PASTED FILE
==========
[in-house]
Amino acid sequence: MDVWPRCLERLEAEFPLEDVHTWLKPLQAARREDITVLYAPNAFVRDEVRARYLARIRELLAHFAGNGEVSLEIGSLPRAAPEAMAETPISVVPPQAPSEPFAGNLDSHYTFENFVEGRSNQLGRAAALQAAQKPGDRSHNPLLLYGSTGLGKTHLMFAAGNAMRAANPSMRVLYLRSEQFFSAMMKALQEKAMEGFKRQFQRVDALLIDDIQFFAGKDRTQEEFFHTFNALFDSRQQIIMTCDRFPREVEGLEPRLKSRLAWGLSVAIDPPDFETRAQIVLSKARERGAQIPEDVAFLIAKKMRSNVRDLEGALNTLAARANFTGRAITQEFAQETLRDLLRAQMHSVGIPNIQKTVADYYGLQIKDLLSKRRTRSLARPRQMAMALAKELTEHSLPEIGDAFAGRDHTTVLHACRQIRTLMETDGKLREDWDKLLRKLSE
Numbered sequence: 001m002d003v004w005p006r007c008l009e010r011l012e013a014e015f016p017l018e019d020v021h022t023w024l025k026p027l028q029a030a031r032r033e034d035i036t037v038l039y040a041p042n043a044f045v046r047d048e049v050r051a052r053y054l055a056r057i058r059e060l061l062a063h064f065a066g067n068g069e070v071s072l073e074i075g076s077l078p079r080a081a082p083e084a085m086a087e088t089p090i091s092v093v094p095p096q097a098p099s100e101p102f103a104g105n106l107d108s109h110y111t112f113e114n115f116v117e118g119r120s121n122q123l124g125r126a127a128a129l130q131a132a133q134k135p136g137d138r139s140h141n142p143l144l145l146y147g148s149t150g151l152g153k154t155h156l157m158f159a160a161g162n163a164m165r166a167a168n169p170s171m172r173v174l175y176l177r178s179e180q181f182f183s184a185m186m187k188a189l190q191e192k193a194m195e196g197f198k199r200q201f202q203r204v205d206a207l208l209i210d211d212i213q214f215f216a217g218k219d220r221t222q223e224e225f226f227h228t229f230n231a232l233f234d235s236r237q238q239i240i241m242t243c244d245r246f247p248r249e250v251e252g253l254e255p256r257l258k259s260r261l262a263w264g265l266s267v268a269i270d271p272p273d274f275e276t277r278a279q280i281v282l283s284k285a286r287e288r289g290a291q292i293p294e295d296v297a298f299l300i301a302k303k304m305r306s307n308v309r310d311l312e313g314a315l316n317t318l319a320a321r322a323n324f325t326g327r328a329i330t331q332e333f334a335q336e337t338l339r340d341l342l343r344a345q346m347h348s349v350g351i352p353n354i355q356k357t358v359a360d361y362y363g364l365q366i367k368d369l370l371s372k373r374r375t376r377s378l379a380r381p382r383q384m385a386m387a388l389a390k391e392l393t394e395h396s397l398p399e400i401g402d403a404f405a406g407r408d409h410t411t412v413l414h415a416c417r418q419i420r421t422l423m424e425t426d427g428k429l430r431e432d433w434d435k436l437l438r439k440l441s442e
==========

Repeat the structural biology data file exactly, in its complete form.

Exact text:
[in-house]
Amino acid sequence: MDVWPRCLERLEAEFPLEDVHTWLKPLQAARREDITVLYAPNAFVRDEVRARYLARIRELLAHFAGNGEVSLEIGSLPRAAPEAMAETPISVVPPQAPSEPFAGNLDSHYTFENFVEGRSNQLGRAAALQAAQKPGDRSHNPLLLYGSTGLGKTHLMFAAGNAMRAANPSMRVLYLRSEQFFSAMMKALQEKAMEGFKRQFQRVDALLIDDIQFFAGKDRTQEEFFHTFNALFDSRQQIIMTCDRFPREVEGLEPRLKSRLAWGLSVAIDPPDFETRAQIVLSKARERGAQIPEDVAFLIAKKMRSNVRDLEGALNTLAARANFTGRAITQEFAQETLRDLLRAQMHSVGIPNIQKTVADYYGLQIKDLLSKRRTRSLARPRQMAMALAKELTEHSLPEIGDAFAGRDHTTVLHACRQIRTLMETDGKLREDWDKLLRKLSE
Numbered sequence: 001m002d003v004w005p006r007c008l009e010r011l012e013a014e015f016p017l018e019d020v021h022t023w024l025k026p027l028q029a030a031r032r033e034d035i036t037v038l039y040a041p042n043a044f045v046r047d048e049v050r051a052r053y054l055a056r057i058r059e060l061l062a063h064f065a066g067n068g069e070v071s072l073e074i075g076s077l078p079r080a081a082p083e084a085m086a087e088t089p090i091s092v093v094p095p096q097a098p099s100e101p102f103a104g105n106l107d108s109h110y111t112f113e114n115f116v117e118g119r120s121n122q123l124g125r126a127a128a129l130q131a132a133q134k135p136g137d138r139s140h141n142p143l144l145l146y147g148s149t150g151l152g153k154t155h156l157m158f159a160a161g162n163a164m165r166a167a168n169p170s171m172r173v174l175y176l177r178s179e180q181f182f183s184a185m186m187k188a189l190q191e192k193a194m195e196g197f198k199r200q201f202q203r204v205d206a207l208l209i210d211d212i213q214f215f216a217g218k219d220r221t222q223e224e225f226f227h228t229f230n231a232l233f234d235s236r237q238q239i240i241m242t243c244d245r246f247p248r249e250v251e252g253l254e255p256r257l258k259s260r261l262a263w264g265l266s267v268a269i270d271p272p273d274f275e276t277r278a279q280i281v282l283s284k285a286r287e288r289g290a291q292i293p294e295d296v297a298f299l300i301a302k303k304m305r306s307n308v309r310d311l312e313g314a315l316n317t318l319a320a321r322a323n324f325t326g327r328a329i330t331q332e333f334a335q336e337t338l339r340d341l342l343r344a345q346m347h348s349v350g351i352p353n354i355q356k357t358v359a360d361y362y363g364l365q366i367k368d369l370l371s372k373r374r375t376r377s378l379a380r381p382r383q384m385a386m387a388l389a390k391e392l393t394e395h396s397l398p399e400i401g402d403a404f405a406g407r408d409h410t411t412v413l414h415a416c417r418q419i420r421t422l423m424e425t426d427g428k429l430r431e432d433w434d435k436l437l438r439k440l441s442e